Here's something: Poetry.
Take my word for this -- and then take some poets' words for this. Poetry can provide you with a sweet relief from angry, chaotic, ranting politicians. And you are in luck: April is National Poetry Month, a time when we pause to consider language at a deeper level, language that has been culled, gathered into meaning slowly and thoughtfully, framed in memorable ways.
Poetry doesn't fade, as most news does. Indeed, as Ezra Pound once said, it is "literature, in general, is news that stays news."
For 50 years or so, poetry has been a crucial part of my life -- a "still small voice" that calls to me in the night, that grounds my days in authentic speech. Poetry is, as W.H. Auden indeed once said, "memorable language," and it stays in the memory because it's been phrased in original ways, beautiful and precise.
Poetry demands our attention because it's alive. "It has to be living," says Wallace Stevens in his great poem "Of Modern Poetry."
"It has to face the men of the time and to meet / The women of the time." It's language "in the act of finding / What will suffice."
People often say to me: "But aren't poets crazy?" I always reply: "Aren't we all?"
In these insane times, we absorb the instabilities around us. Many of us visit shrinks, where we try to explain ourselves to ourselves, to get the stories of our lives "straight." And without language that adequately mirrors reality, we go nuts. We feel separated from what we experience.
Poetry is, above anything else, a language adequate to our experience. It's a mirror, yes; but it's a mirror we can step through -- as in "Through the Looking-Glass" by Lewis Carroll. One finds a deeper reality on the "other" side.
Among my favorite poets is Robert Frost
, one of the great poets of the 20th century and, in many ways, our perpetual poet laureate. I often turn to his work as a touchstone in times of stress, and you should too -- especially now. He wrote with a luminous clarity about the demands of living in a world that has become, as he says, "a diminished thing."
In "Mending Wall,"
he offers a key parable of our experience -- and one that provides an antidote to the political rhetoric about building a wall between the U.S. and Mexico, as candidate Donald Trump has threatened, should he be elected.
Frost did quote a famous old proverb: "Good fences make good neighbors." But it's in quotation marks, not a sentiment the poet has put forward as his own words.
In fact, Frost tells us from the outset there is something that "doesn't love a wall." It's something that "sends the frozen-ground-swell under" that wall to disrupt it -- and this something is frost -- or Frost, who positions himself as the "I" in this poem, a farmer who each spring summons his neighbor to "walk the line" between their properties in order to repair the wall.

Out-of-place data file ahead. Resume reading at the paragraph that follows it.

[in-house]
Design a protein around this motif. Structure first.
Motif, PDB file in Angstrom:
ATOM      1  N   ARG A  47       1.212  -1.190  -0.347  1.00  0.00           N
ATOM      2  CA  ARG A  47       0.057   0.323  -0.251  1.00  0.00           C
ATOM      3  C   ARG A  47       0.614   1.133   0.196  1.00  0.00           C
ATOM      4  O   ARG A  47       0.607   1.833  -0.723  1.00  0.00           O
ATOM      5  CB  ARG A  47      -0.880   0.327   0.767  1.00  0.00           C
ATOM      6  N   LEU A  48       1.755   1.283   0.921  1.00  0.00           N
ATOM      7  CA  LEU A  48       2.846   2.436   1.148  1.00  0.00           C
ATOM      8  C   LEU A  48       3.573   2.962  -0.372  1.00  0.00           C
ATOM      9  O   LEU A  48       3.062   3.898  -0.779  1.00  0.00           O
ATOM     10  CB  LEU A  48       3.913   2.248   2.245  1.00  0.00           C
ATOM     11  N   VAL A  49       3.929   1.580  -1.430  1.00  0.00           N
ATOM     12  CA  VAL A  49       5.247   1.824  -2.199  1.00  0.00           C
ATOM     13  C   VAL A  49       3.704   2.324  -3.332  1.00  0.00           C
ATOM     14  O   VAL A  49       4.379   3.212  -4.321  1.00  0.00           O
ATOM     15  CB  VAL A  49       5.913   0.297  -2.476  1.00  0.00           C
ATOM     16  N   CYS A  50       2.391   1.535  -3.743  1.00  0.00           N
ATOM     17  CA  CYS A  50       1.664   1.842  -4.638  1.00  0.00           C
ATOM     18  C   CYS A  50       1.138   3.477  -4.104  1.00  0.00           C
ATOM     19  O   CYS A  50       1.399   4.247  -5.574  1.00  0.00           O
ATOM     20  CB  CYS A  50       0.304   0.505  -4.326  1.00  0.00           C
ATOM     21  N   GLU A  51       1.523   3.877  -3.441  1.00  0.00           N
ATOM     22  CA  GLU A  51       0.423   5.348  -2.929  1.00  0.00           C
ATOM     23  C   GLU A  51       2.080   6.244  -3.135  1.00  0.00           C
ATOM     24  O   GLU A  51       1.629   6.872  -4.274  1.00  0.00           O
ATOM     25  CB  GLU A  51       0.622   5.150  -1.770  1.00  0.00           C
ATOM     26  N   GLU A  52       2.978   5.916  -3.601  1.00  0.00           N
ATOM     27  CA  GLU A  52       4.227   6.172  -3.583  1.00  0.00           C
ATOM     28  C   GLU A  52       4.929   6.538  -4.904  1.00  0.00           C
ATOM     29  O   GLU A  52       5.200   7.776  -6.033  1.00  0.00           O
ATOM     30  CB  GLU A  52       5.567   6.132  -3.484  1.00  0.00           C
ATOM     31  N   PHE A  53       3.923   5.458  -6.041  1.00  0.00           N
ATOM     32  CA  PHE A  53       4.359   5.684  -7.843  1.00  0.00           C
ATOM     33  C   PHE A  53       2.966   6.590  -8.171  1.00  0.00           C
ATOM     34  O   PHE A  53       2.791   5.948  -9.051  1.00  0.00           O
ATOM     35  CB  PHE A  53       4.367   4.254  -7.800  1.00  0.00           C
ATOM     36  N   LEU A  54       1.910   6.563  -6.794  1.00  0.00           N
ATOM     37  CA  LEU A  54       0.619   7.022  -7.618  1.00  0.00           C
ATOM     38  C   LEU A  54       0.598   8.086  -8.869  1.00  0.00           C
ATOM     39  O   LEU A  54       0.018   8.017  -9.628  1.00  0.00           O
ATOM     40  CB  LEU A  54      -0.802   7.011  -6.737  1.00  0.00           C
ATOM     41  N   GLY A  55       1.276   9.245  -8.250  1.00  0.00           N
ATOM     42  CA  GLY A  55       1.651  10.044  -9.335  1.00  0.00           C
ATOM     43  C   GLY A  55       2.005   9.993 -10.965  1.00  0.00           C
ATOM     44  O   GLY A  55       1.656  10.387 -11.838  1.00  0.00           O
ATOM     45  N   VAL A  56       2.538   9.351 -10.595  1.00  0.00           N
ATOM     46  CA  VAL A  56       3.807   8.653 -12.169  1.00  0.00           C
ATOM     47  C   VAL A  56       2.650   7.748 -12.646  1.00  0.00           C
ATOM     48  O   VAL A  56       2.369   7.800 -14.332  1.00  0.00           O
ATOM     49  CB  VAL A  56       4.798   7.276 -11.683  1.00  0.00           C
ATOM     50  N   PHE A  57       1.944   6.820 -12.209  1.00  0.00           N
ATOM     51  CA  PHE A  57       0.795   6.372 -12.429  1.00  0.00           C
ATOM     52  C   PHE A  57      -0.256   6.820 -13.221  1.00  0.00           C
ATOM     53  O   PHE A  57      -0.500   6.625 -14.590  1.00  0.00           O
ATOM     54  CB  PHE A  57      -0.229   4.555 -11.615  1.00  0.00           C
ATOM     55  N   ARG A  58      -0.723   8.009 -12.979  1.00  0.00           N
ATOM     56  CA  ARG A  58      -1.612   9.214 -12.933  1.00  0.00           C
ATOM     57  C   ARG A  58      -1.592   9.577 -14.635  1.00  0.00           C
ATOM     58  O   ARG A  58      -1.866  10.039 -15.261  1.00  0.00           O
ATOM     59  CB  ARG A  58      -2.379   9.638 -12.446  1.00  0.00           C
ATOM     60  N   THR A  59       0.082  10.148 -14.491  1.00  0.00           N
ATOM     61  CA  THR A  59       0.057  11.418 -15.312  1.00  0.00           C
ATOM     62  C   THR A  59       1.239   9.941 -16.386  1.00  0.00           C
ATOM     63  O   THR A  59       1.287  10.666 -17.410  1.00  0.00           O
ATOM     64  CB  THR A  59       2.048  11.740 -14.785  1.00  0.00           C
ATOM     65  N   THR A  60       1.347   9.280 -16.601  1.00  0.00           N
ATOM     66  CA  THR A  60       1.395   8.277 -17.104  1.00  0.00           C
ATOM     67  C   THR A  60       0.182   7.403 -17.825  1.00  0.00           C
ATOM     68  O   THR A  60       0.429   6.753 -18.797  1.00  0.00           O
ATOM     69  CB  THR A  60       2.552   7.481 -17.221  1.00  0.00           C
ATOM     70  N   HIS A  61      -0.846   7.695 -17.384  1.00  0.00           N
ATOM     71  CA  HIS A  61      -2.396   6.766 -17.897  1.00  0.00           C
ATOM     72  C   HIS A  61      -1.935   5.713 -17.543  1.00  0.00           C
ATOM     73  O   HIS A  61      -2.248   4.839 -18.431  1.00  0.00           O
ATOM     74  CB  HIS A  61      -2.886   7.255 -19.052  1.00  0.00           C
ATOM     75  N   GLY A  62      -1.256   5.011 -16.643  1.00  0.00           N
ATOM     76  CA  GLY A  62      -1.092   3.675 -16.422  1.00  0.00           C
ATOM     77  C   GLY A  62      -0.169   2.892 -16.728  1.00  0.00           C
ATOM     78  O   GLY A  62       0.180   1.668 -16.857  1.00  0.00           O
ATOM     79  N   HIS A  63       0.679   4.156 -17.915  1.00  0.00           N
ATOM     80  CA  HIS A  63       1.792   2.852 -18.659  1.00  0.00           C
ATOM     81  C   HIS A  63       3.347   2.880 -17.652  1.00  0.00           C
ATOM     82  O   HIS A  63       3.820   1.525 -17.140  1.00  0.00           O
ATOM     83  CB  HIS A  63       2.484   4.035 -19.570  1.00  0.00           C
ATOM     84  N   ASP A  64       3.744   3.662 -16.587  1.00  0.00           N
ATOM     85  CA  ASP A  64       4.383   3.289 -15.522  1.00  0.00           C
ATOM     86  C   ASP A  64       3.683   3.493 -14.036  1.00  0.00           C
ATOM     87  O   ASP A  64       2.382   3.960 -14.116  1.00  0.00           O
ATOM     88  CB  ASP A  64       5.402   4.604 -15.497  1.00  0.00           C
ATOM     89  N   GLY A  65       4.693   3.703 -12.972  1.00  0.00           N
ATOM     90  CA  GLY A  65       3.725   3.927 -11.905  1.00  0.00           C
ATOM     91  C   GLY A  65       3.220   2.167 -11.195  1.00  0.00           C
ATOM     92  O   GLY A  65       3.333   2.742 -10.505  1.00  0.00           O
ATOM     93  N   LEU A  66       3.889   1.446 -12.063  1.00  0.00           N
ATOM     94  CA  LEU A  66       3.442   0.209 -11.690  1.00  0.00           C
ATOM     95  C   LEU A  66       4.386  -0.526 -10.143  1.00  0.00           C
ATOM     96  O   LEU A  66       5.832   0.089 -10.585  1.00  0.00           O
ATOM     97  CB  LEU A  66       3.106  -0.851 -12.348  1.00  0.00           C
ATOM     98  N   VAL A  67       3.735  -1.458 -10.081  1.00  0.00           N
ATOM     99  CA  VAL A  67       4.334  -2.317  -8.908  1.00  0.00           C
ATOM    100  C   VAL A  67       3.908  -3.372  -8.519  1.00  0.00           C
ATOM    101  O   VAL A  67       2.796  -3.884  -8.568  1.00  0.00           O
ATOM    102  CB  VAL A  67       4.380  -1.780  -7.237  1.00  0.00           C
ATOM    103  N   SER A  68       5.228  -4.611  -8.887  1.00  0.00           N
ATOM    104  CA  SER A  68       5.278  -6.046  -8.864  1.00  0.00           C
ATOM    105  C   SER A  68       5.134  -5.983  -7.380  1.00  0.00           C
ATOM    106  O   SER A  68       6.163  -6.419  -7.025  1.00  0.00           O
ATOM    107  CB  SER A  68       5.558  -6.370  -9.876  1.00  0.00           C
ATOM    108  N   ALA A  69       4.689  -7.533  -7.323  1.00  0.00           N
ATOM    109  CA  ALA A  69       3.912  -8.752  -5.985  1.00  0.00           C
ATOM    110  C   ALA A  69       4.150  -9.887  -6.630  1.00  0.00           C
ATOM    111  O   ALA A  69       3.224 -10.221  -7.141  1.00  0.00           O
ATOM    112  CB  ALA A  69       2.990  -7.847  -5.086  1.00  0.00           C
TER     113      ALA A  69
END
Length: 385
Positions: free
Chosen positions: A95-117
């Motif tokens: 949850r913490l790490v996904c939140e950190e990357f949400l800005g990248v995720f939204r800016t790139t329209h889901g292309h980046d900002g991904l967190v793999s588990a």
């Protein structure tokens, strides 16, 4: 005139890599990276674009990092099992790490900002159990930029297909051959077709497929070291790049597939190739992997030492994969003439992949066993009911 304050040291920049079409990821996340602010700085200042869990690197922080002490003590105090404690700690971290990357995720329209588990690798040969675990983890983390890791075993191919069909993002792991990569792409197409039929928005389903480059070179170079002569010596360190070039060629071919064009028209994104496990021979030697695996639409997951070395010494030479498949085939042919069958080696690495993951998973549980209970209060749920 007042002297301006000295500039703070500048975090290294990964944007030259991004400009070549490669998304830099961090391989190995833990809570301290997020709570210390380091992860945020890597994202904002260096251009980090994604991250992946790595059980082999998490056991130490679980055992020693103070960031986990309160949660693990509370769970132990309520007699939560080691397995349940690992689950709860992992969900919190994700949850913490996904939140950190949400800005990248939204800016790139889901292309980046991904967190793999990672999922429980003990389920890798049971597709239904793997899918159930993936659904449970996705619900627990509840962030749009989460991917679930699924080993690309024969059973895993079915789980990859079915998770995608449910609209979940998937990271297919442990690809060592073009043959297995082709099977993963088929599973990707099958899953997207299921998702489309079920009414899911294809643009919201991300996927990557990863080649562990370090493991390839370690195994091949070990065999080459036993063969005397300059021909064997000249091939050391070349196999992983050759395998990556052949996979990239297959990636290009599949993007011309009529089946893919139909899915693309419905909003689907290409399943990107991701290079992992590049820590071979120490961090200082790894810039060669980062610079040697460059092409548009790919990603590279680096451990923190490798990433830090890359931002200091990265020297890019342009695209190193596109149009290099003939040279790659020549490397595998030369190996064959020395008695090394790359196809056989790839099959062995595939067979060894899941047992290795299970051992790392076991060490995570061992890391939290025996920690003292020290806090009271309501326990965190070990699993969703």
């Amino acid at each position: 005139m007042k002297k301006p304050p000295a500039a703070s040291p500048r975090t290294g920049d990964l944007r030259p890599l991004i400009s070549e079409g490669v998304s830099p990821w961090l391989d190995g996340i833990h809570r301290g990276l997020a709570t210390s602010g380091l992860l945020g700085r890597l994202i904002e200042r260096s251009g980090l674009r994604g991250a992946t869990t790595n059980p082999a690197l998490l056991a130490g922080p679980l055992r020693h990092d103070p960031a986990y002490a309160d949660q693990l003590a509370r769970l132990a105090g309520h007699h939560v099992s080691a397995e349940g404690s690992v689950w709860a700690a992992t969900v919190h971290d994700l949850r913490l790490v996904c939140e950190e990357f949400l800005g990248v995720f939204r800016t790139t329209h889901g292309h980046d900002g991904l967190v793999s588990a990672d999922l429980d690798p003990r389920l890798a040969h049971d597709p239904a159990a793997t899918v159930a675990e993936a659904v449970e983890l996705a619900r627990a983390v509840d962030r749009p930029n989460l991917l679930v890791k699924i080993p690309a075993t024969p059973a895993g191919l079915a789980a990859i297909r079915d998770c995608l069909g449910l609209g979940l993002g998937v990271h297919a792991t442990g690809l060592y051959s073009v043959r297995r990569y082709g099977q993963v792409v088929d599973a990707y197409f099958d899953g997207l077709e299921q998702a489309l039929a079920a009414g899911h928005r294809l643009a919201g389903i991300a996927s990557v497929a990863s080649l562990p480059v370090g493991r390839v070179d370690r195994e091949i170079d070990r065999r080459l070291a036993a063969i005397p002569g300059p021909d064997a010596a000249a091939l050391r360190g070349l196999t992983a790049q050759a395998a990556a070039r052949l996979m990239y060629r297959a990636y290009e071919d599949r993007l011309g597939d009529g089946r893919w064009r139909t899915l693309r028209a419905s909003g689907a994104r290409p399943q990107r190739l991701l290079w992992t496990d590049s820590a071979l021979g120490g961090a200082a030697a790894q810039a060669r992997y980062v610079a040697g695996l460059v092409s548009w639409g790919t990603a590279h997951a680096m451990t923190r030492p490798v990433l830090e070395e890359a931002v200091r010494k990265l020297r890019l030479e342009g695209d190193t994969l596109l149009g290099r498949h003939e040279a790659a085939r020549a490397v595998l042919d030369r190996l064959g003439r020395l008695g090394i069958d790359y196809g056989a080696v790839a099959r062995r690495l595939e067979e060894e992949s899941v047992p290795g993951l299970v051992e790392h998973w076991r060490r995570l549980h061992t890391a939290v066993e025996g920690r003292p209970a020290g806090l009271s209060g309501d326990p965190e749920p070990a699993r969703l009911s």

Frost acknowledges differences between himself and his neighbor: "He is all pine and I am apple orchard." This delicately strung metaphor plays through the poem, creating two kinds of people. One (the speaker) cultivates fruit trees. The other is "all pine."
The speaker's neighbor is called an "old-stone savage." "Old-stone" recalls Stone Age types, so it's no compliment. In saying this, the narrator in the poem is not being nice. "He moves in darkness," he says of his antagonist, the one who repeats the folksy aphorism: "Good fences make good neighbors."
Frost's poem is nuanced, at once acknowledging the need to mark a line between properties and people; but there is also an impishness, a wish to tear down walls between people, between properties.
The language in "Mending Wall" -- like much of Frost -- is buoyantly free, running like a clear and cold brook through the broken landscape of our culture.
And it's to poetry like this that we go for a drink when we're really thirsty. As Frost writes at the end of "Directive,
" one of his later poems: "Here are your waters and your watering place. / Drink and be whole again beyond confusion."
We should. Celebrate poetry this month, and in the months ahead, especially as the political season builds to nothing but noise. It's a place to go when the world seems "too much with us," as Wordsworth said,
or too loud to bear, or too harshly simplistic, or without nuance and sympathy.
As Mary Oliver wrote in "When Death Comes,
" "when it's over, I want to say: all my life / I was a bride married to amazement. I was the bridegroom, taking the world into my arms."
It's this openness to life that poetry engenders, and this is why poetry matters.